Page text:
What are your settings here? What gain and what gamma (curve)? If the curve is modified by other PP settings, please let me know. I am typically shooting towards the right, but this has me wainting to do some tests.

Also, Piotr, did you have sharpening on in these shots? Pretty heavy halos are present around the couch. Sharpening off is pretty well a must where noise is an issue, as you end up sharpening the noise.
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Old March 28th, 2008, 10:32 AM   #26
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Underexposing never produces noise for me. If anything it helps (at least 1 to 1 and 1/2 stops)...its only the overexposing that does it. I'm shooting a really pretentious artsy fartsy black and white short and underexposing by 2/10ths of a stop to really enhance the chiaroscuro lighting by adding contrast and it looks better than a contrast filter added in post:D
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Old March 28th, 2008, 02:23 PM   #27
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Underexposing never produces noise for me. If anything it helps (at least 1 to 1 and 1/2 stops)...its only the overexposing that does it. I'm shooting a really pretentious artsy fartsy black and white short and underexposing by 2/10ths of a stop to really enhance the chiaroscuro lighting by adding contrast and it looks better than a contrast filter added in post:D
My few early experiments there were the same. Also, helpful to reduce black gamma (which should really be called lower value gamma) and will help to reduce noise which is more apparent in the lower values. I haven't tested below 1.5 stops down, but you will not likely need to go that low to achieve a low key look if you back off the black gamma (which is actually pretty pumped up by default).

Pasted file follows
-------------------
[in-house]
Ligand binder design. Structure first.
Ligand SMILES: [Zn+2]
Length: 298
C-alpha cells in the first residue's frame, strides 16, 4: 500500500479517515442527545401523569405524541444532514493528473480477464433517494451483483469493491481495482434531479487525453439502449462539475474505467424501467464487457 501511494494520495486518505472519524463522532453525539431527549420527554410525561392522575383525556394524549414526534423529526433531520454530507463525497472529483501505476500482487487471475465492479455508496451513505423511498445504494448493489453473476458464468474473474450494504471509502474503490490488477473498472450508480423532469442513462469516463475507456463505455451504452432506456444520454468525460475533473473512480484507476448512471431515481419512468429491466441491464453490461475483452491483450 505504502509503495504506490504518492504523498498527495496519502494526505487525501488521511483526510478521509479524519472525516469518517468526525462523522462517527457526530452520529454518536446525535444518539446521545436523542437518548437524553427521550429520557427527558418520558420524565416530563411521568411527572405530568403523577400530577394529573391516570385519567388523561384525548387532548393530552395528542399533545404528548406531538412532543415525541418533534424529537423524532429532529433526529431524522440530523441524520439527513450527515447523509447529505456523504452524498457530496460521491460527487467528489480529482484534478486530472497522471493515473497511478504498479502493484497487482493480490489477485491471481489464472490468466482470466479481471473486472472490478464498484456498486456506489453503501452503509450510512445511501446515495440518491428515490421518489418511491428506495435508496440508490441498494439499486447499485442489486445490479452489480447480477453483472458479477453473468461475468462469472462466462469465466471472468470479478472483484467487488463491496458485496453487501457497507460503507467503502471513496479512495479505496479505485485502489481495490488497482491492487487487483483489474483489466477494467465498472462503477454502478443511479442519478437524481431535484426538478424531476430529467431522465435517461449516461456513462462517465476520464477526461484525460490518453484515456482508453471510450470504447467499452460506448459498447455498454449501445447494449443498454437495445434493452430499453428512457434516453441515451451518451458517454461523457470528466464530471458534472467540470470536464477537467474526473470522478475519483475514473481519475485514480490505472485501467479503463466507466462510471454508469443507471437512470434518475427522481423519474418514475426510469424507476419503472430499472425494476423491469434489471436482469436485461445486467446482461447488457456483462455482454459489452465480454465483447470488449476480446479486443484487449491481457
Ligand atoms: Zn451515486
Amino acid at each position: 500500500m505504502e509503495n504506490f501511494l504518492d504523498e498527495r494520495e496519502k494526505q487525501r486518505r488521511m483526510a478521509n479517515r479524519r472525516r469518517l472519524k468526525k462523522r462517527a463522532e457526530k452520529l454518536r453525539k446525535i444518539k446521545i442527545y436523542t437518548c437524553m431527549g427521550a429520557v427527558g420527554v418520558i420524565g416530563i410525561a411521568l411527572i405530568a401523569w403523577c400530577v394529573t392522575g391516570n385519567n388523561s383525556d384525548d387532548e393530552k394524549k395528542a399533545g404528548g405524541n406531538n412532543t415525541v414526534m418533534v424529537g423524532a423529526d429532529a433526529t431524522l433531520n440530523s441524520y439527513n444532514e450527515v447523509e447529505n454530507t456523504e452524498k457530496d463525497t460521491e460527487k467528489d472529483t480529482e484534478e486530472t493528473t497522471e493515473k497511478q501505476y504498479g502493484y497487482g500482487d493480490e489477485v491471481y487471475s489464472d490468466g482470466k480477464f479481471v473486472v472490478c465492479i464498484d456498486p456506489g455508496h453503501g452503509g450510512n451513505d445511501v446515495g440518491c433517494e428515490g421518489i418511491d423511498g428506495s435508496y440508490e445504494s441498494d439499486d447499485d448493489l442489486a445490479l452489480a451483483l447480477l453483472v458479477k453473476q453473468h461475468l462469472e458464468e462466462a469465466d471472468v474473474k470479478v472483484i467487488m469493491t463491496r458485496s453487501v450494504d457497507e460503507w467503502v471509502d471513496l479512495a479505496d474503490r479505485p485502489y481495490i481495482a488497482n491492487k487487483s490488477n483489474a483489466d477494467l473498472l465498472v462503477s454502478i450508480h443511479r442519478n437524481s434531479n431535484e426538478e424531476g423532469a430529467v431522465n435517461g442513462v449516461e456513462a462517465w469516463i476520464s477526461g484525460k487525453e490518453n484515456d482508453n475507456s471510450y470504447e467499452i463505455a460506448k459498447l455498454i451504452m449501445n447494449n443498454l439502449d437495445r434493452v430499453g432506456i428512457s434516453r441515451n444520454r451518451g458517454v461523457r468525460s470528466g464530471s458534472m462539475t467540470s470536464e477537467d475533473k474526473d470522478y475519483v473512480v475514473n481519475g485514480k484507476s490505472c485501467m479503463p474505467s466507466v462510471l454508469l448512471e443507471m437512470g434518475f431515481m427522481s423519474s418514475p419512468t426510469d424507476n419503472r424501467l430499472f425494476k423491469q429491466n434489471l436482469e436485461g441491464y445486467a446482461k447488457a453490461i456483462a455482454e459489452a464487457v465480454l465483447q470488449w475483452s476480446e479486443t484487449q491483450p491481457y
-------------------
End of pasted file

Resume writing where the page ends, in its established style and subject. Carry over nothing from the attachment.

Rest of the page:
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Old May 7th, 2008, 03:39 AM   #28
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Originally Posted by Eric Pascarelli View Post
If you are using a spot meter, you are probably asking more about latitude that over/under exposure. You can probably go about 4 to 5 stops under mid grey in your spot readings before the metered areas disappear in the noise floor.
Hi guys. I'm revisiting this subject at the moment and was wondering if you all agree with Eric here. 4 to 5 stops under 18% grey is all one should go in order to avoid noise? Or will this also depend on the type of gamma selected (cine, std etc)?
It's interesting to note that the RED ONE also has the same bottom of 5 stops under 18% grey before noise kicks in really bad.
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Old May 7th, 2008, 11:42 AM   #29
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Originally Posted by Piotr Wozniacki View Post
OK, perhaps these are too extreme to illustrate what I mean, but which one do you like better?
Thanks for posting those images Piotr.
I'm a little worried about the halos too, but the one on the right looks much nicer than the one on the left.

What I don't understand is why everyone's hellbent on producing the "film look" in camera when there's so much fabulous image and colour control available in post these days.

I prefer to shoot correctly exposed footage whenever possible and crush the blacks or whatever else I want to do in post. That way I keep my options open with the original footage.

Crush your blacks, or blow your highlights in camera, and you're stuck with it forever. Where there's no detail, there's no detail but correctly expose in the first place and you can have fun as long as you retain the originals.

Enlighten me someone!
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Old May 7th, 2008, 12:40 PM   #30
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Andy I'm with you on this. My main concern when shooting is not blowing highlights because you can't retrieve those in post.

Getting the widest dynamic range is important to maximum flexibility in post.

Of course there certainly is good reason to paint as much as possible in camera too. Some DPs want to have as much control of the source they hand to the post people. Sometimes they deliberately want to limit their options. Sometimes one might feel in camera processing can avoid issues that might happen when processing in post.

That said, I'd like to have maximum options in post.

It is nice that with the EX1 we have choice though. Tailor to your workflow. That's flexible!